KAILUA (HawaiiNewsNow) - With Mount Olomana standing watch in the distance, this is where 40-acres will be set aside for some of Hawaii's endangered treasures.
"There will be several ponds established in the foreground. And this type of action here to cut the grass down to allow for the birds and the native plants to come back into the area," says William Aila.
Both a construction and restoration project, the hope is that the Hawaiian Duck, Hawaiian Stilt, Hawaiian Moorhen and the Hawaiian Coot all return. All are on the federal endangered species list.
"We are just trying to create another habitat for them that they can kind of fill in bc as they have chicks and if they are successful breeding then here's another area that they can start to increase the populations," says David Smith.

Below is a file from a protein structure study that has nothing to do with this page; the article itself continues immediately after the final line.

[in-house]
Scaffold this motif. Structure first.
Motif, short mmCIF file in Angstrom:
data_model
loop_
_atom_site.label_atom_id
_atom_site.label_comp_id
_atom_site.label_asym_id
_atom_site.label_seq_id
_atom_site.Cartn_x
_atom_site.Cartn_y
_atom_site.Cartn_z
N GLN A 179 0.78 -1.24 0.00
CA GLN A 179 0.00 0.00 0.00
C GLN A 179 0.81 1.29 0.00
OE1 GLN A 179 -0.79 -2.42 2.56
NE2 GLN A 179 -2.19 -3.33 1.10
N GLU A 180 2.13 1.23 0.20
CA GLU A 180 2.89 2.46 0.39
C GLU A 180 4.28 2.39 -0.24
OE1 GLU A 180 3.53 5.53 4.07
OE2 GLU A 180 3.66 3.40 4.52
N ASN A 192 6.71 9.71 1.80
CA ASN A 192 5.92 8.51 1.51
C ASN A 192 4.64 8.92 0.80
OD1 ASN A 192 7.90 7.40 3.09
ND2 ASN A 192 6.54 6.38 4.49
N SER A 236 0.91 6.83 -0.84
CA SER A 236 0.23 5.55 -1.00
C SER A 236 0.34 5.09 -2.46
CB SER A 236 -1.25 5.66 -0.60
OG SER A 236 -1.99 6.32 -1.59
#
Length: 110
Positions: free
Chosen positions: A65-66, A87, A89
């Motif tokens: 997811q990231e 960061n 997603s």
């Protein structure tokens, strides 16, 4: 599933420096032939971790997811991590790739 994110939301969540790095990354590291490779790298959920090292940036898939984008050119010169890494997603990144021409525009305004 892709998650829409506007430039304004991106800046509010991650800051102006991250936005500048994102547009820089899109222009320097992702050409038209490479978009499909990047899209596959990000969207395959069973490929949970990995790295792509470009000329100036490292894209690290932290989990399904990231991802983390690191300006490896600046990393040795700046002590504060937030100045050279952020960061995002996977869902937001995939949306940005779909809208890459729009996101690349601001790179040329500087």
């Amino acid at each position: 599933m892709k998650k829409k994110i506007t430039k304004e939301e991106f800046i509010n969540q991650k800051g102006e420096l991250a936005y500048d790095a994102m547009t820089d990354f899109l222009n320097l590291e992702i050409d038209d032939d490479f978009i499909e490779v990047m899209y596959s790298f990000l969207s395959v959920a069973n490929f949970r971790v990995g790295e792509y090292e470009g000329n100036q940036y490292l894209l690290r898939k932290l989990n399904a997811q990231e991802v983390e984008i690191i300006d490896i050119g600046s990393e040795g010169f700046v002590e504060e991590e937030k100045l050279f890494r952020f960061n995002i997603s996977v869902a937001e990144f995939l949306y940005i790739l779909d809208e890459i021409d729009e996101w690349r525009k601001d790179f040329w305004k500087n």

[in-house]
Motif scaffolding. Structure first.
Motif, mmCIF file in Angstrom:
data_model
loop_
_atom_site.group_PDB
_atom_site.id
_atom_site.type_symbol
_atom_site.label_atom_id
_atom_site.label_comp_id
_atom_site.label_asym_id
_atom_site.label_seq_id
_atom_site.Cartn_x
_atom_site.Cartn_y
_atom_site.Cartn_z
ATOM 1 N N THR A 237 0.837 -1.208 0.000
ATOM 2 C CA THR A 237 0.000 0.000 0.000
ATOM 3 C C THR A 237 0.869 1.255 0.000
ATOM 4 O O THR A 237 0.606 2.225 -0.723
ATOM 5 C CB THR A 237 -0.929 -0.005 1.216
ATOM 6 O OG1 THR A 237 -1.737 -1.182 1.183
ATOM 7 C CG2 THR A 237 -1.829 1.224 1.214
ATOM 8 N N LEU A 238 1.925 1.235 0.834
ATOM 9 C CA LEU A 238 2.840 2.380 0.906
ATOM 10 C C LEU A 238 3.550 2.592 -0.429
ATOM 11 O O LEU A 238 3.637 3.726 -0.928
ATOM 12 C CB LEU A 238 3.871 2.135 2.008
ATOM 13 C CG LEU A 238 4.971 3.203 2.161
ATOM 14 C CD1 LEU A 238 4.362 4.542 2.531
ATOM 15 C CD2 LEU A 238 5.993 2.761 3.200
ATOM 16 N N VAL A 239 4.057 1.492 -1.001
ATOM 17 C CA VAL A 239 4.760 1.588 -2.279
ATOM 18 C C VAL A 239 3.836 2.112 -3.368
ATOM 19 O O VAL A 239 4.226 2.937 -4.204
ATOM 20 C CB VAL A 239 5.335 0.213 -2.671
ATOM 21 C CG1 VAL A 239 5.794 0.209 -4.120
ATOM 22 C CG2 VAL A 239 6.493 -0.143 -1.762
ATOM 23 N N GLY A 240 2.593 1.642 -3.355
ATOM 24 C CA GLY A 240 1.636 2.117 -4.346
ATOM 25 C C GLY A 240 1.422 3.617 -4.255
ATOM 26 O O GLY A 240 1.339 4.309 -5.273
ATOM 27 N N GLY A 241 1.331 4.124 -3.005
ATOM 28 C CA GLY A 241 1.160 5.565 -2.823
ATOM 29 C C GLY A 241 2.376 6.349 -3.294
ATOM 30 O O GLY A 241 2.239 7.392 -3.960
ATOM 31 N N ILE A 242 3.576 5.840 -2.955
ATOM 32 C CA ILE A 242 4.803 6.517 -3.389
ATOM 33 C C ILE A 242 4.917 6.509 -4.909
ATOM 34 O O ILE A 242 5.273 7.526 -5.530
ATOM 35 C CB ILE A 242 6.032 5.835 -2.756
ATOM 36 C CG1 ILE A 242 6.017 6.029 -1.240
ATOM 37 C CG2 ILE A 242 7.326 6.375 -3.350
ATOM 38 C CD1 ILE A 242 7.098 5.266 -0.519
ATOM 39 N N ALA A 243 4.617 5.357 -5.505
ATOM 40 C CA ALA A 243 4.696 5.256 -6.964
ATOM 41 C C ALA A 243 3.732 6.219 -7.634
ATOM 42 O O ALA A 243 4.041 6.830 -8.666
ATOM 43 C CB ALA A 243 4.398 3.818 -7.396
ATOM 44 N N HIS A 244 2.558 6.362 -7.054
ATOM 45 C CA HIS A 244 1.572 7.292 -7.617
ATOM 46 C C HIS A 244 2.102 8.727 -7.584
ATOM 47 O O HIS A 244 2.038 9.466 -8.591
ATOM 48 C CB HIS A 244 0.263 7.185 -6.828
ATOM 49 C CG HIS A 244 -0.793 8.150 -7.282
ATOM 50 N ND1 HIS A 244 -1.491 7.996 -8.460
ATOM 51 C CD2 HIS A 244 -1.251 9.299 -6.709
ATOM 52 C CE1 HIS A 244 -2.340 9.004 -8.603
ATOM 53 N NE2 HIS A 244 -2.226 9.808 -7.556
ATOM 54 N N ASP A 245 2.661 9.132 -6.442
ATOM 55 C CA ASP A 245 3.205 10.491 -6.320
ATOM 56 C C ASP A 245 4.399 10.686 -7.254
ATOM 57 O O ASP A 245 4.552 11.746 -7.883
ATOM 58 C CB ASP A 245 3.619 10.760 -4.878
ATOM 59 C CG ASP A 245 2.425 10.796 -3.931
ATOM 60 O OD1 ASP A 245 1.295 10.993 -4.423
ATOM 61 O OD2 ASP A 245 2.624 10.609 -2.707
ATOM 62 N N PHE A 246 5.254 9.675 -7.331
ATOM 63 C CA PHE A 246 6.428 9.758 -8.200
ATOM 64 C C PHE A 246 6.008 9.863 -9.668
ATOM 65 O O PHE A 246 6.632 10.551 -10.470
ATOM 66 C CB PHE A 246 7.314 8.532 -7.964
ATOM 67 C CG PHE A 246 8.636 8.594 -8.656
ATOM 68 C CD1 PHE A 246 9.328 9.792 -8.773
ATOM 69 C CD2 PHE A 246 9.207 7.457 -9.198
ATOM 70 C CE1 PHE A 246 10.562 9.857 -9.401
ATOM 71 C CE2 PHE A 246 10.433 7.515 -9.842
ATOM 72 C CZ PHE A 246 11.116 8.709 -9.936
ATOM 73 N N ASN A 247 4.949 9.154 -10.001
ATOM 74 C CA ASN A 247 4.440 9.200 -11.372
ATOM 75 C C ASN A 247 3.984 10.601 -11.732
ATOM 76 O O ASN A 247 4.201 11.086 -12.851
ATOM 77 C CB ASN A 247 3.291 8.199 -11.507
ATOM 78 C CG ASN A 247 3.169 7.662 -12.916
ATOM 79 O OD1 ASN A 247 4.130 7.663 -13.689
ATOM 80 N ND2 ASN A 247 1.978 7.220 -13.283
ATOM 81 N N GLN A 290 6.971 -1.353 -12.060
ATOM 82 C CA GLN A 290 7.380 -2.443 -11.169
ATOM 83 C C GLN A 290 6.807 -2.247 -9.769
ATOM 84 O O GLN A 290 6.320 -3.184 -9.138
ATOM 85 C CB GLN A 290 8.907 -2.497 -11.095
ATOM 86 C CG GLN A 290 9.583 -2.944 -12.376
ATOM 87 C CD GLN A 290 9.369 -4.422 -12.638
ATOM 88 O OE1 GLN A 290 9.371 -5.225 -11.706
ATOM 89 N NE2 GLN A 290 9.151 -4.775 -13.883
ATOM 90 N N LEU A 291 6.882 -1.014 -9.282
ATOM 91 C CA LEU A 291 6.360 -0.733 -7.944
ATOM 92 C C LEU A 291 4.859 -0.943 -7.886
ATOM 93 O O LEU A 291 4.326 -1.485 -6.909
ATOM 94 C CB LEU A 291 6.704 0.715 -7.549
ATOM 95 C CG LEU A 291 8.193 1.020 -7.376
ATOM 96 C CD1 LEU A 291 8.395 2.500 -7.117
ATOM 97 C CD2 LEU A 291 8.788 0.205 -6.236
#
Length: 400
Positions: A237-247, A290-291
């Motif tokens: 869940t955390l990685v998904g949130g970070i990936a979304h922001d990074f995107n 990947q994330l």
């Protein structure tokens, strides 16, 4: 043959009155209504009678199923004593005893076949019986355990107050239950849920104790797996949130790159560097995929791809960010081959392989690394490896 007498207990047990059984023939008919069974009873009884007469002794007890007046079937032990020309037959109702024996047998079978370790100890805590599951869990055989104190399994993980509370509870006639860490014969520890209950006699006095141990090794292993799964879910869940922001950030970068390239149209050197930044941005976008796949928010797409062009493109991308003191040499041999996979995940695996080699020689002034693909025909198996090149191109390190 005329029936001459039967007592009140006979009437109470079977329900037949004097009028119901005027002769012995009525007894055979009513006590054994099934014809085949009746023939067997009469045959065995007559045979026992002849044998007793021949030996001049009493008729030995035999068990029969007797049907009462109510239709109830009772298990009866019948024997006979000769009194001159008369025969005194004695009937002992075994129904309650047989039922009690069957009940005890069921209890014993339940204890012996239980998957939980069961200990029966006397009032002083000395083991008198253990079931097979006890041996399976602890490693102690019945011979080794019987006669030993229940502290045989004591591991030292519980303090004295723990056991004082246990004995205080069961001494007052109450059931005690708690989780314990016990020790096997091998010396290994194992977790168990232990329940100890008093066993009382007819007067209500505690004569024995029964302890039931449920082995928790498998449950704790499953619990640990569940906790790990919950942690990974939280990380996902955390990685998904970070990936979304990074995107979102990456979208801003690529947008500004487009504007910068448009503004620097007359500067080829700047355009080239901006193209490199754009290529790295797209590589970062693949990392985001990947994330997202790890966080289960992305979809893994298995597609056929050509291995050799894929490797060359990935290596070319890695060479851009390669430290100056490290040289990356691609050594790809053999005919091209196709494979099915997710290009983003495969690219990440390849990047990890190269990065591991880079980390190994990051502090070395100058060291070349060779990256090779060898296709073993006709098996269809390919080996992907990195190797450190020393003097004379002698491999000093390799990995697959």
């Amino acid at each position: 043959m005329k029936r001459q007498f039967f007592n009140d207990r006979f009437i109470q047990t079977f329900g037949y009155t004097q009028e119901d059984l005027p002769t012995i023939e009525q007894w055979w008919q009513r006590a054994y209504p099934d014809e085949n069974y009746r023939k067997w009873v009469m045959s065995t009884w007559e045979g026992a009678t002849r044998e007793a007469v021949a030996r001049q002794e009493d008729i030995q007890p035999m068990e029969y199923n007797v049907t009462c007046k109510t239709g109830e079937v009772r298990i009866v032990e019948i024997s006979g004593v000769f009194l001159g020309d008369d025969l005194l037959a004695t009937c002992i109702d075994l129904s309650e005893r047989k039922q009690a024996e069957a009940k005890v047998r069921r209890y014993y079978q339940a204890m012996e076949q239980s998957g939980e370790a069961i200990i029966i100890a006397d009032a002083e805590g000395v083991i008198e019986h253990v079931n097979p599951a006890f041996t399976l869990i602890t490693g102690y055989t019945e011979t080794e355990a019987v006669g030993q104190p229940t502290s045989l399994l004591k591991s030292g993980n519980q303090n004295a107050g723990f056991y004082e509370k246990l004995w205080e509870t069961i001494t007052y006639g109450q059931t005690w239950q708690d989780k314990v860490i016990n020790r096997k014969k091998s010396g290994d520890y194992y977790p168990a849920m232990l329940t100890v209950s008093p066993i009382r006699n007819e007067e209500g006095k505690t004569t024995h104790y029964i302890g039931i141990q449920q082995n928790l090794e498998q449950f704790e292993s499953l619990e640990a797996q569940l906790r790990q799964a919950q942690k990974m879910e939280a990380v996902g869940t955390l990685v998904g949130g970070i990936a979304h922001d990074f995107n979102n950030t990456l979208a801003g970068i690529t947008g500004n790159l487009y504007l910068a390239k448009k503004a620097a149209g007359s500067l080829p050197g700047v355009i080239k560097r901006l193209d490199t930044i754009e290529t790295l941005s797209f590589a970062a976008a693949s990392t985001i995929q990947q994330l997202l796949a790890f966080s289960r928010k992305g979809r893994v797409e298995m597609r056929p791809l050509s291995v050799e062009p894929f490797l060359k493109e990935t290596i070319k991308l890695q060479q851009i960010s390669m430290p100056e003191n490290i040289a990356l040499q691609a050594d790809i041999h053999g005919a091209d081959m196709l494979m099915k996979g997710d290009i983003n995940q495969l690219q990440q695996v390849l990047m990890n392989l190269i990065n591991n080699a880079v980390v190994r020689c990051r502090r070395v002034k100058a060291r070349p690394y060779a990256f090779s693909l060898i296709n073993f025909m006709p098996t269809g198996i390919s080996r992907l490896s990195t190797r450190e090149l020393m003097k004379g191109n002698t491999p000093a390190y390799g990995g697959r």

"The historical significance of Kawainui marsh is well known to everybody. And it's the largest wetland remaining in Hawaii," says Douglas B. Guttormsen.
For 15-years, the state and army corp of engineers have worked together toward today's agreement, which is part of a larger flood control project for the 800-acre marsh.
"Our hope is by the end of the fiscal year, the federal fiscal year September 30th we'll award a construction project and then we will manage and oversee that construction project," says Guttormsen.
"All of this had to be done with the community's input, community's advice and really the community's vision on what it should look like."